Journal Article Secondary cancers after a childhood cancer diagnosis: a nationwide hospital-based retrospective cohort study in Japan

Ishida, Yasushi  ,  Qiu, Dongmei  ,  Maeda, Miho  ,  Fujimoto, Junichiro  ,  Kigasawa, Hisato  ,  Kobayashi, Ryoji  ,  Sato, Maho  ,  Okamura, Jun  ,  Yoshinaga, Shinji  ,  Rikiishi, Takeshi  ,  Shichino, Hiroyuki  ,  Kiyotani, Chikako  ,  Kudo, Kazuko  ,  Asami, Keiko  ,  Hori, Hiroki  ,  Kawaguchi, Hiroshi  ,  Inada, Hiroko  ,  Adachi, Souichi  ,  Manabe, Atsushi  ,  Kuroda, Tatsuo

21 ( 3 )  , pp.506 - 516 , 2015-11 , Springer
ISSN:1341-9625
Description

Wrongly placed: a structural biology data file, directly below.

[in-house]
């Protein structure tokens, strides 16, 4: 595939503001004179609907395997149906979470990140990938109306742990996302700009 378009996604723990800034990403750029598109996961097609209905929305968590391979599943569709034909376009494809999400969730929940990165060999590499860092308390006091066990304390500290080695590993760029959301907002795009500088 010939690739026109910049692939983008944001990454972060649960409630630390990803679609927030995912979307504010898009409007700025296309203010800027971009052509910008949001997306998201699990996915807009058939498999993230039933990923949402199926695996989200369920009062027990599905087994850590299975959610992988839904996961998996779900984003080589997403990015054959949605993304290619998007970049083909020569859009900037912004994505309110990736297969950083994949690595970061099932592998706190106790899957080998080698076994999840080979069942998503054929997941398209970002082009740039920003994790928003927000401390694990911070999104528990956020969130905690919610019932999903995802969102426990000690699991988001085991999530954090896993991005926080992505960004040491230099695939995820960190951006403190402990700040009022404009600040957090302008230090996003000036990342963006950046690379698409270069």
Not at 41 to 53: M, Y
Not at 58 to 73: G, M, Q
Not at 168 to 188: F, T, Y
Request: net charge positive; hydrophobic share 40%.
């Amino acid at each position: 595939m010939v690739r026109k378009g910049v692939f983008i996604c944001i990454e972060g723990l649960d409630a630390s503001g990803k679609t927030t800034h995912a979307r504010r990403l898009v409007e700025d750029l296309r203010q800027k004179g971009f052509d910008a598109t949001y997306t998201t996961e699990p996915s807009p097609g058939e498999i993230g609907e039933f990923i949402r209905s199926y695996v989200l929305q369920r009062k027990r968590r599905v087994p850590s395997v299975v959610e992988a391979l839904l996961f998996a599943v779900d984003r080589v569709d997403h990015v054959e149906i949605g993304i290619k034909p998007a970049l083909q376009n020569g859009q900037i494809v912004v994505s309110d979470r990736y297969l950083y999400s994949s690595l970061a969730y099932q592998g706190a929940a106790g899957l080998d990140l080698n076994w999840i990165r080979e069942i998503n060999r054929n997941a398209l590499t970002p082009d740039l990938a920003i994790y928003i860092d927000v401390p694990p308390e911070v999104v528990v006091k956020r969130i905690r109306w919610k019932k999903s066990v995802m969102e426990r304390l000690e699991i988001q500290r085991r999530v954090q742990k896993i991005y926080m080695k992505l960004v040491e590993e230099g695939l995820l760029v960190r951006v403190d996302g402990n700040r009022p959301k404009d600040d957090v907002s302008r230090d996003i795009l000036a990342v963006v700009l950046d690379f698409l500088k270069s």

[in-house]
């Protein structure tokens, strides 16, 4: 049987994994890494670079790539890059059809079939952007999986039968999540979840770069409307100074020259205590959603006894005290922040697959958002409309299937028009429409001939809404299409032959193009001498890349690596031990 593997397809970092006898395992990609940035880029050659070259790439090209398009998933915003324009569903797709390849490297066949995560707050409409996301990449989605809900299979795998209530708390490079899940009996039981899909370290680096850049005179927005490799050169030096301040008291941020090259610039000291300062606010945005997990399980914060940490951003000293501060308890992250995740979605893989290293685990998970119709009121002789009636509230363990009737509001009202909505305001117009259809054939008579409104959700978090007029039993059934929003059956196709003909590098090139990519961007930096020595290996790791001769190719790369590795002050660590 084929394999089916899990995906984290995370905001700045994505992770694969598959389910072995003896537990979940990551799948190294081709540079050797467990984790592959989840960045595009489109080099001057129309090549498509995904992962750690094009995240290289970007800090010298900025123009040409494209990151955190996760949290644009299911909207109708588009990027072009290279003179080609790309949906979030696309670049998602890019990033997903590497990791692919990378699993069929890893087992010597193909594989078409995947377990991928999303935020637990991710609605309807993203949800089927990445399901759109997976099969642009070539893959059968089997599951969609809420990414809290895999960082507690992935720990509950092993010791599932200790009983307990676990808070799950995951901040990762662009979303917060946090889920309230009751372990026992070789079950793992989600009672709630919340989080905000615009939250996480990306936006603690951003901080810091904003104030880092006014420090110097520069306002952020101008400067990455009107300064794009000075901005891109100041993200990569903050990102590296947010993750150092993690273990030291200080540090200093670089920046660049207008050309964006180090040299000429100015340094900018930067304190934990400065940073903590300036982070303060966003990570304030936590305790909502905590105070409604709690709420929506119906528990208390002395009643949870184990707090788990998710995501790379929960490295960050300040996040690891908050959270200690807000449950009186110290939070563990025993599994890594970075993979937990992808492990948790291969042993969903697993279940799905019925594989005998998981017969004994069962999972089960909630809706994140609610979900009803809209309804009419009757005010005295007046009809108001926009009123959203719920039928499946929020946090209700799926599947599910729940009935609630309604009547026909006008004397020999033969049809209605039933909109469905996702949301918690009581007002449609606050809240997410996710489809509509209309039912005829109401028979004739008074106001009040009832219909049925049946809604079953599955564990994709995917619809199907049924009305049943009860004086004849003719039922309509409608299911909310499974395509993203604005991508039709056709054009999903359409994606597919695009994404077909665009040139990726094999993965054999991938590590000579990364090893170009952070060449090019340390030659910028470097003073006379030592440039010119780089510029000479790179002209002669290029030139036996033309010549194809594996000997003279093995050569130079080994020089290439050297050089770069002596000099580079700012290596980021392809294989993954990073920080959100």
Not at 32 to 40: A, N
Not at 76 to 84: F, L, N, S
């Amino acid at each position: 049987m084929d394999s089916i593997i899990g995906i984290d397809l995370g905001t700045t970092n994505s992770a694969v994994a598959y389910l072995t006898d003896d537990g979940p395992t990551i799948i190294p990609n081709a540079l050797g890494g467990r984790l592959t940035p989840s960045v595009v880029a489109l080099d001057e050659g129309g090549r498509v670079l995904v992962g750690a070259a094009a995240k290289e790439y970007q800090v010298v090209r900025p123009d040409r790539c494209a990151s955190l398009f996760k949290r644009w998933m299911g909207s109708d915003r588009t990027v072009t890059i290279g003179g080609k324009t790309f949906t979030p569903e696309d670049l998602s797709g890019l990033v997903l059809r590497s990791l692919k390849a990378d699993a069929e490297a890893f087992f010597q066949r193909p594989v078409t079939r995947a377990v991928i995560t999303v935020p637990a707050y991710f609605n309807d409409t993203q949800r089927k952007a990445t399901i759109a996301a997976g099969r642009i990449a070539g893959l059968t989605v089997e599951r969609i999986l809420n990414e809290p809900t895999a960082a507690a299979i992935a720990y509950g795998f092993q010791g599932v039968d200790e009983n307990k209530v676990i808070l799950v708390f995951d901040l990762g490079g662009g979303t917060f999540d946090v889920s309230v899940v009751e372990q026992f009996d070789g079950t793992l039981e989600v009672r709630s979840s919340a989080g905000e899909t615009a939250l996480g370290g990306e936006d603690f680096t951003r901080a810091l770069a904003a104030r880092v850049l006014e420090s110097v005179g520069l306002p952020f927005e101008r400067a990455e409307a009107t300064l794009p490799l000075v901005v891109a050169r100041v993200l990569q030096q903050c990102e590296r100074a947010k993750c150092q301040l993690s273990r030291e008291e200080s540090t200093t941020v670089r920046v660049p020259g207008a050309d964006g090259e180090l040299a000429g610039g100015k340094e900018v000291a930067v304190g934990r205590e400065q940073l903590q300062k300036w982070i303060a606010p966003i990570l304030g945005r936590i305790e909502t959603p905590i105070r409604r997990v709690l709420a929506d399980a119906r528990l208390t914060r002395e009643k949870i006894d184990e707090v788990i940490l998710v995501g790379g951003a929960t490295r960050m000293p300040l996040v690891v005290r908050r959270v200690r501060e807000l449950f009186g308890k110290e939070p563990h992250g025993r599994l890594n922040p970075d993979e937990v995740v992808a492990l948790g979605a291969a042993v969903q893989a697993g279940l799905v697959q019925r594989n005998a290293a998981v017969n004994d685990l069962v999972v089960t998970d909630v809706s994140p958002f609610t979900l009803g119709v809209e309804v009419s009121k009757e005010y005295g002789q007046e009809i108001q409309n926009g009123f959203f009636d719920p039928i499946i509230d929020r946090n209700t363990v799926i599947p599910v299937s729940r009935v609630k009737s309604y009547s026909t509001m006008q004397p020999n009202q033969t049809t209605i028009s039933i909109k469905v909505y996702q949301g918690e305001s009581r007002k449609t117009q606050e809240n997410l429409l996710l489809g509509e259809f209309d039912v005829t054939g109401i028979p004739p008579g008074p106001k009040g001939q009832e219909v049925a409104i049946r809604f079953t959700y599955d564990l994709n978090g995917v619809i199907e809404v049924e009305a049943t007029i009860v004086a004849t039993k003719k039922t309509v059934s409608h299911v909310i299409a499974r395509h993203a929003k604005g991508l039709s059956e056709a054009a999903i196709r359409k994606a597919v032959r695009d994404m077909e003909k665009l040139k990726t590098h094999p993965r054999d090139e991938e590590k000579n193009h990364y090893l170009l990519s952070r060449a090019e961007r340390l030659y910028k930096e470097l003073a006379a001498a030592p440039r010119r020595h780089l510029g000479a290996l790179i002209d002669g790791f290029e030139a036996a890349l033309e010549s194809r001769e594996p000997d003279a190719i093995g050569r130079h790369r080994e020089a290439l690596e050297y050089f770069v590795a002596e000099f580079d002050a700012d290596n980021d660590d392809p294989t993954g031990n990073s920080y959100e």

BackgroundThe epidemiology of secondary cancers in childhood cancer survivors has been unknown in Asian countries. Our aim is to assess the incidence and risk factors for secondary cancers through a nationwide survey in Japan.MethodsA retrospective cohort study comprising 10,069 children who were diagnosed with cancer between 1980 and 2009 was conducted in 15 Japanese hospitals. The cumulative incidence rate was calculated using death as the competing risk and compared by the Gray method. The standardized incidence ratio (SIR) was defined as the ratio of the number of observed cancers divided by the number of expected cancers. The risk factors were analyzed using Cox regression analysis.ResultsOne hundred and twenty-eight patients (1.3 %) developed secondary cancers within a median follow-up of 8.4 years. The cumulative incidence rate was 1.1 % (95 % confidence interval [CI] 0.9–1.4) at 10 years and 2.6 % (95 % CI 2.1–3.3) at 20 years after primary cancer diagnosis. Sensitivity analysis, limited to 5-year survivors (n = 5,387), confirmed these low incidence rates. The SIR of secondary cancers was 12.1 (95 % CI 10.1–14.4). In the Cox analysis, the hazard ratios for secondary cancers were 3.81 (95 % CI 1.53–9.47) for retinoblastoma, 2.78 (95 % CI 1.44–5.38) for bone/soft tissue sarcomas, and 1.81 (95 % CI 1.16–2.83) for allogeneic stem cell transplantation.ConclusionsThe cumulative incidence of secondary cancers in children in Japan was not high; however, the SIR was relatively high. Retinoblastoma or sarcoma in addition to allogeneic stem cell transplantation were significant risk factors for secondary cancers.

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